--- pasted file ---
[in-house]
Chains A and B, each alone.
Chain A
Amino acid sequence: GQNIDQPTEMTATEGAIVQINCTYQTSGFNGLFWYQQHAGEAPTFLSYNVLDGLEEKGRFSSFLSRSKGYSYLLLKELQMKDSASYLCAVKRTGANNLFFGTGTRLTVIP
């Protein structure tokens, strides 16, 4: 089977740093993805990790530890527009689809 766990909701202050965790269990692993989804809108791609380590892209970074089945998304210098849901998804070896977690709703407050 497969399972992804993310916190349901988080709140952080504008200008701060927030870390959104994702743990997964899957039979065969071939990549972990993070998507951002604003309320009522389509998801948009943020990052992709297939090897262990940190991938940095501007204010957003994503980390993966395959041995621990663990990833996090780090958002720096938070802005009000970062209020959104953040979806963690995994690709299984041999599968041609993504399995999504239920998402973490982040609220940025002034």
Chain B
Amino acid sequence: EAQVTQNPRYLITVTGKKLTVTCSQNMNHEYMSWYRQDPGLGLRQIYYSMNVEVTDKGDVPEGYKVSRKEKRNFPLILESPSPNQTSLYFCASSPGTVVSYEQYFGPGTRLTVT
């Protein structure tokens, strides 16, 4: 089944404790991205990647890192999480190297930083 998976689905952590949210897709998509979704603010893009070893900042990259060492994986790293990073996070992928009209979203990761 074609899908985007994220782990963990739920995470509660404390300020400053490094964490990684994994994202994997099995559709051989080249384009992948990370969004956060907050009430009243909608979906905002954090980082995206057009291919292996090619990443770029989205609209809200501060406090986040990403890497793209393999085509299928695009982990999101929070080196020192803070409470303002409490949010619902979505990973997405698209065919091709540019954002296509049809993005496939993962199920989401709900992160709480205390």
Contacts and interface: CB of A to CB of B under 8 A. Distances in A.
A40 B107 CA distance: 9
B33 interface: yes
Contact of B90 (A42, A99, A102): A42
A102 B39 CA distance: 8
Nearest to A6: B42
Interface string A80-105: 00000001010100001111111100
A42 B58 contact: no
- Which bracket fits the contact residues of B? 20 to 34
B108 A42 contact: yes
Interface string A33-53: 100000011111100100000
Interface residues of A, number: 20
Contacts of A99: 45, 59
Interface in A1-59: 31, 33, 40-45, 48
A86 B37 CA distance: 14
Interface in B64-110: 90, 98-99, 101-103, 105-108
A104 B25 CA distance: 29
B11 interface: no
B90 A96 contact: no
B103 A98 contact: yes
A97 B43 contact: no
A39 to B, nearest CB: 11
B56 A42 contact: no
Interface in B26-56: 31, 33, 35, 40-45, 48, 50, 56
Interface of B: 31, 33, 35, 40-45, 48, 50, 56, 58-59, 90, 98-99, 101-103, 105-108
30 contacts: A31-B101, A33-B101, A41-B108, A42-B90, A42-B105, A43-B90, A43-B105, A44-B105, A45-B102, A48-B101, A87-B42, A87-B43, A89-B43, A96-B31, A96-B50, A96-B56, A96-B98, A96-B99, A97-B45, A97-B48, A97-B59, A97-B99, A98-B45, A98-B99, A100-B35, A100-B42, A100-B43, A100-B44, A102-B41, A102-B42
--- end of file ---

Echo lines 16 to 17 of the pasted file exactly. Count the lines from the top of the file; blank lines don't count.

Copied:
A42 B58 contact: no
- Which bracket fits the contact residues of B? 20 to 34